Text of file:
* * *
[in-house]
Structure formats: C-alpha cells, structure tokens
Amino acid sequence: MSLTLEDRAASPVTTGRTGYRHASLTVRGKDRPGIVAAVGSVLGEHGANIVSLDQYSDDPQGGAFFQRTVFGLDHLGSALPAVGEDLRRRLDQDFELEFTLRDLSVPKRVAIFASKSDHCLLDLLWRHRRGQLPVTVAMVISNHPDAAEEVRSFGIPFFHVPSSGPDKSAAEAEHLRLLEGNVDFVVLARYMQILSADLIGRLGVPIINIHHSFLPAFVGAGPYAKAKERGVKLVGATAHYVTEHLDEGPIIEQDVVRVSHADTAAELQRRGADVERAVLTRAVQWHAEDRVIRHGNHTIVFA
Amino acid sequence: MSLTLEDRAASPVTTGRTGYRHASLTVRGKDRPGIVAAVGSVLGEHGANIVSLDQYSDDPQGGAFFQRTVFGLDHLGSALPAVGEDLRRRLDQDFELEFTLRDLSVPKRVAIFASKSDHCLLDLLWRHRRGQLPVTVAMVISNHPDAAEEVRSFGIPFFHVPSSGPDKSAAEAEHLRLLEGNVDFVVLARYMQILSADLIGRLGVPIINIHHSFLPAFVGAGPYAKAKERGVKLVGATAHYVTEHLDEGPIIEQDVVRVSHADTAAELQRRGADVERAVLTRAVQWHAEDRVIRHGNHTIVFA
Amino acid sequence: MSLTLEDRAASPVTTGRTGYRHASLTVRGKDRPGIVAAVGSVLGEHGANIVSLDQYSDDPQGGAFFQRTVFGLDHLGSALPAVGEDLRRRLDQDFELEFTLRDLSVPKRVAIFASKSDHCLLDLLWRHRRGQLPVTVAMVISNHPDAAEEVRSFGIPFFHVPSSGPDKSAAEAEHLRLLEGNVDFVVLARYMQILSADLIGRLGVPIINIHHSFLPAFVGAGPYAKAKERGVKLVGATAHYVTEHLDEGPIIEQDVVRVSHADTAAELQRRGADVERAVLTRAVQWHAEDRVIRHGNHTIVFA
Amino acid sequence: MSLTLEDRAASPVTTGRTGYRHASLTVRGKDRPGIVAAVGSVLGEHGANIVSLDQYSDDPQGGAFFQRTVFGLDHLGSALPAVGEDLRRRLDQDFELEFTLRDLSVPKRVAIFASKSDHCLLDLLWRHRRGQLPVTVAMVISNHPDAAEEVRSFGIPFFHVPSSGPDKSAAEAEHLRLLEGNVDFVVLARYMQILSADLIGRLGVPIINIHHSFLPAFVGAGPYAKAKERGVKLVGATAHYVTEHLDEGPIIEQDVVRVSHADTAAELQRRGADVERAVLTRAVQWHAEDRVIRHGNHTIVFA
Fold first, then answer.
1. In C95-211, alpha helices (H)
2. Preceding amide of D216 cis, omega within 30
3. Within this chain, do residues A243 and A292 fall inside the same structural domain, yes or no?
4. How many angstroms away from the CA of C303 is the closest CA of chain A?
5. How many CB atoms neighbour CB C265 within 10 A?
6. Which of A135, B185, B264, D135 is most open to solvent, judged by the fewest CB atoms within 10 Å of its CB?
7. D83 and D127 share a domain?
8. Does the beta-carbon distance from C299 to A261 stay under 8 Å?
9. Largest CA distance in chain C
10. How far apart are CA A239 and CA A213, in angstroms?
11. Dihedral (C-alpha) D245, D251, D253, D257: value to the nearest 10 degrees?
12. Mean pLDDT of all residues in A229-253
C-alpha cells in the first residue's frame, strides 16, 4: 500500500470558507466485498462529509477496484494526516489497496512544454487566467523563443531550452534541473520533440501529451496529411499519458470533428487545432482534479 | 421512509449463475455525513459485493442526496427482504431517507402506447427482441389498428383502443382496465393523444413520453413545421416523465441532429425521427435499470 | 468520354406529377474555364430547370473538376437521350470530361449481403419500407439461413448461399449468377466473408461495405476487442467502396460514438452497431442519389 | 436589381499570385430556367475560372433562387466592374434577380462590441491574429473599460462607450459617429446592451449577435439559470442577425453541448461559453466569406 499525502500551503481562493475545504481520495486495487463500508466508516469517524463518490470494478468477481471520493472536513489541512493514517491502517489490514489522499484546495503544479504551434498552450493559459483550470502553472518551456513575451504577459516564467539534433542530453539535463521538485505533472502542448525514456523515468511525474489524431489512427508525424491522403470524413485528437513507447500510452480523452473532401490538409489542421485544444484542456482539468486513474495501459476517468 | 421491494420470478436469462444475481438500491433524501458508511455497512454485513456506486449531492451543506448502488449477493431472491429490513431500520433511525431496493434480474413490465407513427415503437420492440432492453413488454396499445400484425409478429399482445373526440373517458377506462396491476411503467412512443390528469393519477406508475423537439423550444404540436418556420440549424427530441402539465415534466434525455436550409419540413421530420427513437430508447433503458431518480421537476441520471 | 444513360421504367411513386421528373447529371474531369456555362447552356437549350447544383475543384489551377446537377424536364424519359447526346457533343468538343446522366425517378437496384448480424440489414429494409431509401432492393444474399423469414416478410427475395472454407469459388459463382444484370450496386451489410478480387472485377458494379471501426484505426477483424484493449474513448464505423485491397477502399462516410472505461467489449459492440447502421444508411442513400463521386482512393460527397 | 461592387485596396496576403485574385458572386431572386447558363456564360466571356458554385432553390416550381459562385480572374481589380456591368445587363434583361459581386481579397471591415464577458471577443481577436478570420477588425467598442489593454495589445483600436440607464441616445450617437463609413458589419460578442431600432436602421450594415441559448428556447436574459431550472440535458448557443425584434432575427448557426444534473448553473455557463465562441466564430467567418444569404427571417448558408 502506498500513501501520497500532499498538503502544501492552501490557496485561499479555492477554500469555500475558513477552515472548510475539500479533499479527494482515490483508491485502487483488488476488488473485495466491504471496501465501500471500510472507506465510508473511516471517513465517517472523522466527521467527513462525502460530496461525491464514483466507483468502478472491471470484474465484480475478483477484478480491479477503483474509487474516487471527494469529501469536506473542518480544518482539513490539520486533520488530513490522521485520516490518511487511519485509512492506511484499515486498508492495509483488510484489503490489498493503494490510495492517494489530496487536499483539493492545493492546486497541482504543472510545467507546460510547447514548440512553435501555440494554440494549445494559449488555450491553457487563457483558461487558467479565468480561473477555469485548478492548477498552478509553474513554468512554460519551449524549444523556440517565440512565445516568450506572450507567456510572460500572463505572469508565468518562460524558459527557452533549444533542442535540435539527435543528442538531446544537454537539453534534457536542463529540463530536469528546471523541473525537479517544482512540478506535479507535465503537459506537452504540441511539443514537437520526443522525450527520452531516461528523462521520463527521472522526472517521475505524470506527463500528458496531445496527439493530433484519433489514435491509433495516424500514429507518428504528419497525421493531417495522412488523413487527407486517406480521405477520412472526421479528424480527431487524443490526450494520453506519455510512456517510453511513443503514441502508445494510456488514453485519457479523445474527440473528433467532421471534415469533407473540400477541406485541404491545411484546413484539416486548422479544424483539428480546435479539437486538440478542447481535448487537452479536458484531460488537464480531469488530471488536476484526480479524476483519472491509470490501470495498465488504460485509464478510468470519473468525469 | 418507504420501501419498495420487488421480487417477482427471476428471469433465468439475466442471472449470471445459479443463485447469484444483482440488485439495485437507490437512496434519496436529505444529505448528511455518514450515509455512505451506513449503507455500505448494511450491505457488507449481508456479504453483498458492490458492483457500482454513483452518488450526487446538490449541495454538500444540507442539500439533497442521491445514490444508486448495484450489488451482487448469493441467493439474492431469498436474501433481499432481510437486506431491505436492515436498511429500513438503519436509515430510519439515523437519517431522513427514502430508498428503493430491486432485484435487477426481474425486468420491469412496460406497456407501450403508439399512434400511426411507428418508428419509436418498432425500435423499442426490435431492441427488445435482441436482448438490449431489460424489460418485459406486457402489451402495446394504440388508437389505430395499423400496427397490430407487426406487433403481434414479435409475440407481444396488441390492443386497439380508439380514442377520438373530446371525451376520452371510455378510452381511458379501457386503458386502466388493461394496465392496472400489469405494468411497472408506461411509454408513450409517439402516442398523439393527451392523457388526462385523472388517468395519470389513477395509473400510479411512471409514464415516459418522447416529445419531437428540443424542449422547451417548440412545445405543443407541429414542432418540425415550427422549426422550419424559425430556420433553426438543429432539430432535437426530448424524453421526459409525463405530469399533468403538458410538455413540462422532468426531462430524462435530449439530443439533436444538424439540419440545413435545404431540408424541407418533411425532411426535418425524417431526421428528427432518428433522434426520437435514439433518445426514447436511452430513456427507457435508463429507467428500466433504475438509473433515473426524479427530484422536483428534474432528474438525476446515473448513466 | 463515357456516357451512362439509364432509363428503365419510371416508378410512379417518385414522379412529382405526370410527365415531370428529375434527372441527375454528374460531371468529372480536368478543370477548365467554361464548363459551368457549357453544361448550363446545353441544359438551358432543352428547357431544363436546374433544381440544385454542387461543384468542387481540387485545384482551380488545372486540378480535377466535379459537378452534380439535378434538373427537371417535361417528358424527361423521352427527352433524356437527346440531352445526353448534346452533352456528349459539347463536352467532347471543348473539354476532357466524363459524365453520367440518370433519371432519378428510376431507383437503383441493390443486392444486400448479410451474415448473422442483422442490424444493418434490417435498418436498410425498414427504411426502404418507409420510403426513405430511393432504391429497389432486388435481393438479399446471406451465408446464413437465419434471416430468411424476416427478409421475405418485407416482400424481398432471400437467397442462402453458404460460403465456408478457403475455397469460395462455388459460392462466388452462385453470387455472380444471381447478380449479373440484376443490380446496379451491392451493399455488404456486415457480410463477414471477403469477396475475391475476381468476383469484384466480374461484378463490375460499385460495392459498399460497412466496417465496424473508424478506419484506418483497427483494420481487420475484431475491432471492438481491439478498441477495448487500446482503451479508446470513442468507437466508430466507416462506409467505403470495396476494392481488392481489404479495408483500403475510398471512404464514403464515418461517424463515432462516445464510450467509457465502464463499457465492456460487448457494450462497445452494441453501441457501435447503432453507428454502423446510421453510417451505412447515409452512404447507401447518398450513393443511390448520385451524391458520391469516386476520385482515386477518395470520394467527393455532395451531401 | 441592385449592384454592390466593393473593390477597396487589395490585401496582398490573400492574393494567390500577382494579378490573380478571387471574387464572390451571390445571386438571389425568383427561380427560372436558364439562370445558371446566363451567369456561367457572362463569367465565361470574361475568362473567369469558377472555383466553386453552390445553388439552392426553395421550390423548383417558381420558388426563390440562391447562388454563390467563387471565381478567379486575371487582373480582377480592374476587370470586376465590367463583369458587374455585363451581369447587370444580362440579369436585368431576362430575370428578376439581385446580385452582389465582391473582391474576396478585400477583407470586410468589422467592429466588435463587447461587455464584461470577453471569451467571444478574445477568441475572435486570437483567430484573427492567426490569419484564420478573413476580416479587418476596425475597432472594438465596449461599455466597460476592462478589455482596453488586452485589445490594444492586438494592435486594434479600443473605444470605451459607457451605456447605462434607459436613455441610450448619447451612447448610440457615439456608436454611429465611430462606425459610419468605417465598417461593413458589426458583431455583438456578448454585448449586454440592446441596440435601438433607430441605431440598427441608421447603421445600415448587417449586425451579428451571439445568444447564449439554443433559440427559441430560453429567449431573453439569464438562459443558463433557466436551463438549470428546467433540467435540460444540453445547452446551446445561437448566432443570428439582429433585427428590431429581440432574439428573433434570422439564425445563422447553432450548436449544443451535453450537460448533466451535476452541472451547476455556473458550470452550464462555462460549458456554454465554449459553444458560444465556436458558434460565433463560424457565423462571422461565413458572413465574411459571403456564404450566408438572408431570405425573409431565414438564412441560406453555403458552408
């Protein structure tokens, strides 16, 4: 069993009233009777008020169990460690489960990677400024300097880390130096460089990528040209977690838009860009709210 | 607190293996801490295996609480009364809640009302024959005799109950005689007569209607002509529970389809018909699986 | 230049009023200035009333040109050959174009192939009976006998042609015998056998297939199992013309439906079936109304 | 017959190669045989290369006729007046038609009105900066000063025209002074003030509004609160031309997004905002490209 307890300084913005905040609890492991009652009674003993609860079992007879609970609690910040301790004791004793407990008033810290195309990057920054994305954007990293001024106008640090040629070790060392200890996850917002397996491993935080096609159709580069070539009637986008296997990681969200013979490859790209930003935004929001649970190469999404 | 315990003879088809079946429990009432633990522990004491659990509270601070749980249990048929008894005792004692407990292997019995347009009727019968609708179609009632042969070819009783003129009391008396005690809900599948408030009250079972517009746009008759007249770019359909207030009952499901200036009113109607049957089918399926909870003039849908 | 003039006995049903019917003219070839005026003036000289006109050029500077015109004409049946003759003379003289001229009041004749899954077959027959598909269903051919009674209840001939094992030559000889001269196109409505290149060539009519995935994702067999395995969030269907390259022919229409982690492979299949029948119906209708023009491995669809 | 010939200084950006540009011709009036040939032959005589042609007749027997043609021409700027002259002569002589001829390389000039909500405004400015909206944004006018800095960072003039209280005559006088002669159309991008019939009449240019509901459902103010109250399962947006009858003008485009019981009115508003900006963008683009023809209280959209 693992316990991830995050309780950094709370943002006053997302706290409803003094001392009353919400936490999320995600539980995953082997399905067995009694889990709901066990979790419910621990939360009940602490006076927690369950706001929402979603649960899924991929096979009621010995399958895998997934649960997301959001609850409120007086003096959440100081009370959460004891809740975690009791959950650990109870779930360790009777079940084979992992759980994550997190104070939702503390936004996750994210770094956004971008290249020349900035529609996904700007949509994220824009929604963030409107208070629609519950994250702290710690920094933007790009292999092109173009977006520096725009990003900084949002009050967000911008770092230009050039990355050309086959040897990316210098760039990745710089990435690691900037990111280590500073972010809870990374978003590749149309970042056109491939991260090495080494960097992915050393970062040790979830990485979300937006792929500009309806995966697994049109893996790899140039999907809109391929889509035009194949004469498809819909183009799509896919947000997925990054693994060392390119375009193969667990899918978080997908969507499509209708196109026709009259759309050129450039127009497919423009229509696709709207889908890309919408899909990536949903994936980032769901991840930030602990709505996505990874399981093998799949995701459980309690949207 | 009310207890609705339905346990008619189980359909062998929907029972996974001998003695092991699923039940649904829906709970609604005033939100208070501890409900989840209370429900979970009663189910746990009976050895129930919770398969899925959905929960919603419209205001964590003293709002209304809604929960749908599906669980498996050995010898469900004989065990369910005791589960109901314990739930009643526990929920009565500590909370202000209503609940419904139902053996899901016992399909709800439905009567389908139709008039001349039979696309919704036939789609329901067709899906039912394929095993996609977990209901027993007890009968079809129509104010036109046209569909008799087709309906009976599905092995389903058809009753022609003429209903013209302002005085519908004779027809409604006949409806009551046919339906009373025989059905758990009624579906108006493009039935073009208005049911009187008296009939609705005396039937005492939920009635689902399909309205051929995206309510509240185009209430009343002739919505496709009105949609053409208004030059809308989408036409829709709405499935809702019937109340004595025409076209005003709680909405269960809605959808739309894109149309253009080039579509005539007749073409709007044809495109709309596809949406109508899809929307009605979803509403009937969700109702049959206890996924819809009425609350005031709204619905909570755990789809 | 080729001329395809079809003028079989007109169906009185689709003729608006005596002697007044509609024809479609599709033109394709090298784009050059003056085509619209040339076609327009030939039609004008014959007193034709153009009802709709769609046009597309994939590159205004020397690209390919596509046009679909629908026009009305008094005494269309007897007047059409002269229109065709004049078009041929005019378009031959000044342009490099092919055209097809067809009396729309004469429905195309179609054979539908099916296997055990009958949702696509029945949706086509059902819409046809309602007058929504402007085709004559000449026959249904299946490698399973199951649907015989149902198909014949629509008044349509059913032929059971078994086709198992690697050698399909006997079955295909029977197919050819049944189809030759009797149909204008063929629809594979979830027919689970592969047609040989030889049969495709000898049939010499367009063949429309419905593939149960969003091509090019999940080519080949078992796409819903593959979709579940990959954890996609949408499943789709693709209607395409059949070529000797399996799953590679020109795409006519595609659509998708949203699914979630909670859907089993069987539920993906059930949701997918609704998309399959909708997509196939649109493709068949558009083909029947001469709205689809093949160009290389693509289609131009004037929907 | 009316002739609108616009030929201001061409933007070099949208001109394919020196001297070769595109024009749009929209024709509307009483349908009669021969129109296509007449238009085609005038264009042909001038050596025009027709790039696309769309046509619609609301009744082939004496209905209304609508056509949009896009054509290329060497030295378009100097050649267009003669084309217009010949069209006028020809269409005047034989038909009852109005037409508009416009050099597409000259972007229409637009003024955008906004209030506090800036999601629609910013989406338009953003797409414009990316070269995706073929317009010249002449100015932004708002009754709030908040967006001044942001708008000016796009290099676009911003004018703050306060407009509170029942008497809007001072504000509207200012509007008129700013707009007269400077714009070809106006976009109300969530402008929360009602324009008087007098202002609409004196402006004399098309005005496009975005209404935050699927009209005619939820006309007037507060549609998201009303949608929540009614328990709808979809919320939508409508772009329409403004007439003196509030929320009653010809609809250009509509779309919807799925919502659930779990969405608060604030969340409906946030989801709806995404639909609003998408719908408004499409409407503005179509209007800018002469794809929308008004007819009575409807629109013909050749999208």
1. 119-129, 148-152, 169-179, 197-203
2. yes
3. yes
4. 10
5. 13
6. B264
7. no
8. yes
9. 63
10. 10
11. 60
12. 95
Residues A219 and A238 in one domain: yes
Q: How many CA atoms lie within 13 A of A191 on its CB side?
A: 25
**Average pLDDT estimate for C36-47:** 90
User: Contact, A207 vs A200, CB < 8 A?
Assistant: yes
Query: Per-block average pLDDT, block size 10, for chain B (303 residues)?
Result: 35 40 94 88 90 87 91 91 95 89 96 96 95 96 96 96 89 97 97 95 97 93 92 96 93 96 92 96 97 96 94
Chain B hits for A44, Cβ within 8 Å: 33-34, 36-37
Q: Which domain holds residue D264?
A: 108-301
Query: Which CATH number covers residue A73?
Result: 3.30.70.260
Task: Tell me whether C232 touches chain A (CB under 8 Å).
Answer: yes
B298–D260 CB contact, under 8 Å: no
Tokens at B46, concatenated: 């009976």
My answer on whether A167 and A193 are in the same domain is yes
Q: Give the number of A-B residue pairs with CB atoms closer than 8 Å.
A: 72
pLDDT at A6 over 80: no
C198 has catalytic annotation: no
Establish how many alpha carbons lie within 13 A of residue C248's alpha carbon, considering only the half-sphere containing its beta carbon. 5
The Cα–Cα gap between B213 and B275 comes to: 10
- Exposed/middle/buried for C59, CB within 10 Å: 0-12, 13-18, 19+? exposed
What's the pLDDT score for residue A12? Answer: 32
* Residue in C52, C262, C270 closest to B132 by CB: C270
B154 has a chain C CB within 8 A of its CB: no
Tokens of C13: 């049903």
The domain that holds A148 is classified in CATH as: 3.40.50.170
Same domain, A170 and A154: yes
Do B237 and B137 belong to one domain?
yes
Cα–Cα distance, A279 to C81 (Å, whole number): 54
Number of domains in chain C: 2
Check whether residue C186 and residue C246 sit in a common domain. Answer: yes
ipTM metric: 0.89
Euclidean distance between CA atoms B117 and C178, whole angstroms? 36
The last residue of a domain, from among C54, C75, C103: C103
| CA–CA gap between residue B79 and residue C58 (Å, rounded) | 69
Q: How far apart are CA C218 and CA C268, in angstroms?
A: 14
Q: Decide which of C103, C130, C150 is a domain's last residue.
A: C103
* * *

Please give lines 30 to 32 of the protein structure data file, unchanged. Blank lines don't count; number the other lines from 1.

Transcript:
9. 63
10. 10
11. 60